Sadly, I had to cancel my attendance at this years Podcast and New Media Expo. I really want to go and give my talk but I just can’t swing it this year. The summer and into the fall has been brutal at the day job and I can’t spare the time or the energy. From Myrtle Beach to Ontario CA is a full day of traveling each way so it takes 5 days out of my schedule to do the 3 of the expo. I hung on thinking things would settle down but they never have and now I am kind of stuck. The thought of giving up one of these hotly contested speaking slots makes me sick to my stomach, but that’s the way life goes. I committed to this in March and everything was go but things have changed since then.

I wanted to go and represent my position in the field, which is ever more the minority. I think the focus on how to wring nickels out of podcasting is blinding people to its true value: bringing the power of media and expression and creation to individuals. I’m planning on going to Converge South the third weekend of October and maybe I can let a little of it out then. I will give some form of my talk as an episode of the podcast coming up soon to at least get my thought process out there into the podosphere. I fear that with this move I have committed professional suicide as a New Media Thought Leader (such as I ever was) but you know, I can live with that too. One thing playing poker these last few years has taught me is an acceptance of and a willingness to get beat now and then. It’s all part of the game.

I will miss all of you. I wish I could see you and hang out. Hoist one for me, jump in the pool naked for me.

Long Pants Day

This is always a melancholy day in the Grand Strand – it’s the first day I felt I needed to wear long pants and closed shoes for weather reasons. Generally for me, around April the sandals and shorts come out and stay out until I just can’t stand to wear them any more. Today is kind of chilly and rainy so I broke out the jeans and a long sleeve shirt. Sigh.

This makes me think of the tip for finding out which clothes in your closet to discard from Peter Walsh (via Merlin Mann). I note that their default duration is to check after six months which clothes you haven’t worn and discard them. That betrays a certain Californian lean, I think. Even here in the beachy area of South Carolina, we have significant weather swings. I think for almost anyone in America, you need to do a full year. Had I started that plan in March, around now I would decide I don’t need any of my sweaters or sweatshirts.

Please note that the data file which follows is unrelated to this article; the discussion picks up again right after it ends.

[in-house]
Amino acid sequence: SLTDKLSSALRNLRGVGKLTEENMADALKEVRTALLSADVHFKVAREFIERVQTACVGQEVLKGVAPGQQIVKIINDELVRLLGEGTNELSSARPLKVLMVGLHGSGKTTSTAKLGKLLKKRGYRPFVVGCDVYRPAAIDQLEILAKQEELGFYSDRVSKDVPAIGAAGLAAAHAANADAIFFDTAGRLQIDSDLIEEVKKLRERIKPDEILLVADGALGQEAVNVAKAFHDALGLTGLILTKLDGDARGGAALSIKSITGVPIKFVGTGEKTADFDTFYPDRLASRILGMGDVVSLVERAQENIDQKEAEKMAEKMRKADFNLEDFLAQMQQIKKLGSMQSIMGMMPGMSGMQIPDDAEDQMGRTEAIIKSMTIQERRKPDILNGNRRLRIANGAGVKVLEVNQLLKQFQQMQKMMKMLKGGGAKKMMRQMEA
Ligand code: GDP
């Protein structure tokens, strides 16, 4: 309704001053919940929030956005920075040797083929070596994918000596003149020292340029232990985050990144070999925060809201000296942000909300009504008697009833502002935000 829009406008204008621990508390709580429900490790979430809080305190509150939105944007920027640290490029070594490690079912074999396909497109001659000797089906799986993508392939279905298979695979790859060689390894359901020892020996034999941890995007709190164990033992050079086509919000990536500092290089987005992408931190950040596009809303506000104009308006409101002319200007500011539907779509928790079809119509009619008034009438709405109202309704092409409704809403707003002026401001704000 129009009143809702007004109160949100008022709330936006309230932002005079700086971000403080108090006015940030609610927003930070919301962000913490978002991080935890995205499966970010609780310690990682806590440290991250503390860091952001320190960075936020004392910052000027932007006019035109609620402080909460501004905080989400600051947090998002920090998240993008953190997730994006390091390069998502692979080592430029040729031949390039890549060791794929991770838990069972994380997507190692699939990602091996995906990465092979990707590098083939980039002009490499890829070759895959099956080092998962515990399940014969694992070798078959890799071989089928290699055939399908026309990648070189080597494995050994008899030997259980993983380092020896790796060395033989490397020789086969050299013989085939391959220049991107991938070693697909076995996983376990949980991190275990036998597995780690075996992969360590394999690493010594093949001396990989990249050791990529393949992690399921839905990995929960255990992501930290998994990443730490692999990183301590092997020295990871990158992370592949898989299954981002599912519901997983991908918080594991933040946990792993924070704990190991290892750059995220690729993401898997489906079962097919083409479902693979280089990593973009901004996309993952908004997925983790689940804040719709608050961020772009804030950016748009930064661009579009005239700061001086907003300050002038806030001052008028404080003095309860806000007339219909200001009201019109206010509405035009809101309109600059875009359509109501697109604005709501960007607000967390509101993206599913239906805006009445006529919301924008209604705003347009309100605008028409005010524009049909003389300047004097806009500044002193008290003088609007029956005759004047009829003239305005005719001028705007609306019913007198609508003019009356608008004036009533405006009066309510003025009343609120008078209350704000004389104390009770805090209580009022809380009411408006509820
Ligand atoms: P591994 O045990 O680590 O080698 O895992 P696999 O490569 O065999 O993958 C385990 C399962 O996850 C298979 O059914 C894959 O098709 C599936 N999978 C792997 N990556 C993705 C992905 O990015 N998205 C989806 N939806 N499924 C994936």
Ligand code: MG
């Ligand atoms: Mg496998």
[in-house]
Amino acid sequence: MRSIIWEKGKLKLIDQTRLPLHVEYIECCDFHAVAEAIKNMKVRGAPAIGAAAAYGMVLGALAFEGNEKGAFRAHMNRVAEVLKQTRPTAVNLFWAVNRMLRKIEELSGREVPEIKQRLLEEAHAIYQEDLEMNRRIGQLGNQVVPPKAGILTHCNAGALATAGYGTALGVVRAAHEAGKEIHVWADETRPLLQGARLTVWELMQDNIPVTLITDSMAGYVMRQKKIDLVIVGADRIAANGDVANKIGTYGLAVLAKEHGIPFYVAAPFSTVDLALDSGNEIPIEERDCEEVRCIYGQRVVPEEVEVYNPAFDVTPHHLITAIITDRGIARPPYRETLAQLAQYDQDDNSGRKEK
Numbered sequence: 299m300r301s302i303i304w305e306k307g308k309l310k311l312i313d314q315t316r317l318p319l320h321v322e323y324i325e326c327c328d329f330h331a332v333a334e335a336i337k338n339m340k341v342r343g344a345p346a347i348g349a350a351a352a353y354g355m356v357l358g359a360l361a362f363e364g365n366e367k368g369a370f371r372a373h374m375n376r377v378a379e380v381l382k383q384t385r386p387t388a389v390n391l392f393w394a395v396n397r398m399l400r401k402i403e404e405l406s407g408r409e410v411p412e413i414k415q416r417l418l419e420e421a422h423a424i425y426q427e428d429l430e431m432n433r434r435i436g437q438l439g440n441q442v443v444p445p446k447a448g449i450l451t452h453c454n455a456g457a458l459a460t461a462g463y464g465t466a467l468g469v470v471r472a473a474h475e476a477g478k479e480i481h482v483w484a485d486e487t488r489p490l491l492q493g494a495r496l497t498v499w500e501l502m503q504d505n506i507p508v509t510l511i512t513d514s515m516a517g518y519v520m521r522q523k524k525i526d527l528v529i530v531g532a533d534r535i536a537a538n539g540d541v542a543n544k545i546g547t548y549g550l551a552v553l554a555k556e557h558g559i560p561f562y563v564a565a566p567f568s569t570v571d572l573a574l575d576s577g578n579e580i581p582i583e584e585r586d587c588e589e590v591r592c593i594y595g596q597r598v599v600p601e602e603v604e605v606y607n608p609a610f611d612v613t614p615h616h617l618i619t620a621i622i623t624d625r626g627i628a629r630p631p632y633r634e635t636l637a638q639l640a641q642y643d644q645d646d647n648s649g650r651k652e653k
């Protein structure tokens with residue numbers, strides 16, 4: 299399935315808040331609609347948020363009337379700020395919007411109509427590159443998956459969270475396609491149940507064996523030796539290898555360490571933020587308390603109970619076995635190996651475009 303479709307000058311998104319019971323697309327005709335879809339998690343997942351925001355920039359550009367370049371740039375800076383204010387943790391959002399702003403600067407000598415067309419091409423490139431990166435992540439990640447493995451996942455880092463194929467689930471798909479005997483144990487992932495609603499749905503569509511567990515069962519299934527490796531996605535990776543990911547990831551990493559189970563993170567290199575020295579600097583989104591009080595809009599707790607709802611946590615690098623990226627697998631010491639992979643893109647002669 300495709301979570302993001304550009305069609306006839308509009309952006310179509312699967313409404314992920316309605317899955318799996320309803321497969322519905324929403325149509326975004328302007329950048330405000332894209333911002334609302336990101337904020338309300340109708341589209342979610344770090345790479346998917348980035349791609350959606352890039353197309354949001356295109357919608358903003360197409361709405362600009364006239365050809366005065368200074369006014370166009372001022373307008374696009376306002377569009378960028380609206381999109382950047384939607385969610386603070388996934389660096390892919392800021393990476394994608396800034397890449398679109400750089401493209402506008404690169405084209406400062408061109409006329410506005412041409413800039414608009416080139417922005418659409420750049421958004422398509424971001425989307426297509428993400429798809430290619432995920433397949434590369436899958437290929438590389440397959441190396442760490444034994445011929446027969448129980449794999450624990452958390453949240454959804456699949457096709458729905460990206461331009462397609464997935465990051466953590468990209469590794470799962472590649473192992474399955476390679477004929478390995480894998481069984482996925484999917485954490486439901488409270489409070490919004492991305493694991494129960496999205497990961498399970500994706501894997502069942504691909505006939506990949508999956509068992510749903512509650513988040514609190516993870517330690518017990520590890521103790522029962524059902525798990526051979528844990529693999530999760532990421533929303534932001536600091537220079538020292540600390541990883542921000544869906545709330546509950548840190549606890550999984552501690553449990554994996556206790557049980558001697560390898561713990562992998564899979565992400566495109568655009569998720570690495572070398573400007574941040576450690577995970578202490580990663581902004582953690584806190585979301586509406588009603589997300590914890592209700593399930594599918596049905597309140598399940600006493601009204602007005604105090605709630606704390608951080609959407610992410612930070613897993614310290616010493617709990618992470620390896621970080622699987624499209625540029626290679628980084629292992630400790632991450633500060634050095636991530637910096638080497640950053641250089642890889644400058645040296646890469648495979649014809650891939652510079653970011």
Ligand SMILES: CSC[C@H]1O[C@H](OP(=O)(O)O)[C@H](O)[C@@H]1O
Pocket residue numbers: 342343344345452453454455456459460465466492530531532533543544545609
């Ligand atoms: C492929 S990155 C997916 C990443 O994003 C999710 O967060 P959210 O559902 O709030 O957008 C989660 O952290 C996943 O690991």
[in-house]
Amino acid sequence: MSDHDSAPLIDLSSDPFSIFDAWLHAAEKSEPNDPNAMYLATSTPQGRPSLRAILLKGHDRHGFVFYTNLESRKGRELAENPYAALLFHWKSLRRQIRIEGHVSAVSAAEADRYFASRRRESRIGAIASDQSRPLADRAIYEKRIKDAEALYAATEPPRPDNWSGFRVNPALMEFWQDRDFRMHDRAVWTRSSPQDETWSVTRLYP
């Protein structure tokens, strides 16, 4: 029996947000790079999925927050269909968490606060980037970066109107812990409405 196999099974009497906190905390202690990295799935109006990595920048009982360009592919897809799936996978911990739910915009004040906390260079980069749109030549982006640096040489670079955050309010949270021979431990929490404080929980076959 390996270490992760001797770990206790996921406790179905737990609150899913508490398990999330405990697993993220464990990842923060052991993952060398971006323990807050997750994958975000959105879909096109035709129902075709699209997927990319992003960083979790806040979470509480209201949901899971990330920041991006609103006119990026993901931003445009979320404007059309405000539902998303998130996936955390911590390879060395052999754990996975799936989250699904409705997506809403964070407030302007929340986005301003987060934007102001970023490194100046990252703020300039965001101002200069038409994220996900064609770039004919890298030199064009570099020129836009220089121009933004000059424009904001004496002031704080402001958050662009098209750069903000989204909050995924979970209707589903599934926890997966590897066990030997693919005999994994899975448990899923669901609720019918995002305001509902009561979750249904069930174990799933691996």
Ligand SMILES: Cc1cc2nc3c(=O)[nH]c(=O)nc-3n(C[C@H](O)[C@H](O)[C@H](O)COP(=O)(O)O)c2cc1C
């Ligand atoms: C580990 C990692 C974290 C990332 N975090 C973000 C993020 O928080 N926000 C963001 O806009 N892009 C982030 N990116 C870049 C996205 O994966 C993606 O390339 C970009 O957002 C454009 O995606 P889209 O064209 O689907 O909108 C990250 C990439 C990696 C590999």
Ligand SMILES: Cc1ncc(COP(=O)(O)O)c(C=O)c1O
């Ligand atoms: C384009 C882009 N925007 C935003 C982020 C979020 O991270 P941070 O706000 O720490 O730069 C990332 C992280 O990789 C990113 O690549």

I actually don’t mind the turn from summer to fall and then to winter. I like wearing sweaters and sweatshirts and enjoy it when the weather allows me to break them out. I also like that I get that here, but not for a brutal 5 solid months like we had growing up in Kansas but maybe for a month or two in the dead of winter. Before that is mild fall, after that is mild spring. This seems more pleasant to me.

GMail Spam Filter Gets Too Frisky

I went into my GMail spam box yesterday to look for something, and was a little shocked at how much righteous email was in there. Warning notices from Plesk on a hosted box, two different emails from people I know, as well as every moderation message to date from the Grand Strand Bloggers blog. Good gravy, I found that a shockingly high false positive rate. For those many of you that do use GMail, you might want to consider checking that box every so often to make sure you are not losing stuff you actually want.

Burning Man

Here’s how disconnected I am from the Burning Man community. Until I heard the people on Puzzling Evidence talk about attending this year, I didn’t know it had already happened. I vaguely thought it happened in spring, but I didn’t really know. Apparently I don’t read any blogs from anyone that went or even discussed it. I know a lot of our geek friends love it, but I just couldn’t care less about the whole thing. The only interesting part of it is the DIY building aspect, but I’d rather spend the day at Maker Faire than a week in the desert at BM.

I think in the 2004 election cycle, someone pointed out that having Burning Man in the fall could have been a right wing plot to make sure that the energy of lots of crazy progressives was siphoned off into ultimately non-productive channels that have no effect on the political process. I don’t think it is, that’s a better plot than the right wing can pull off.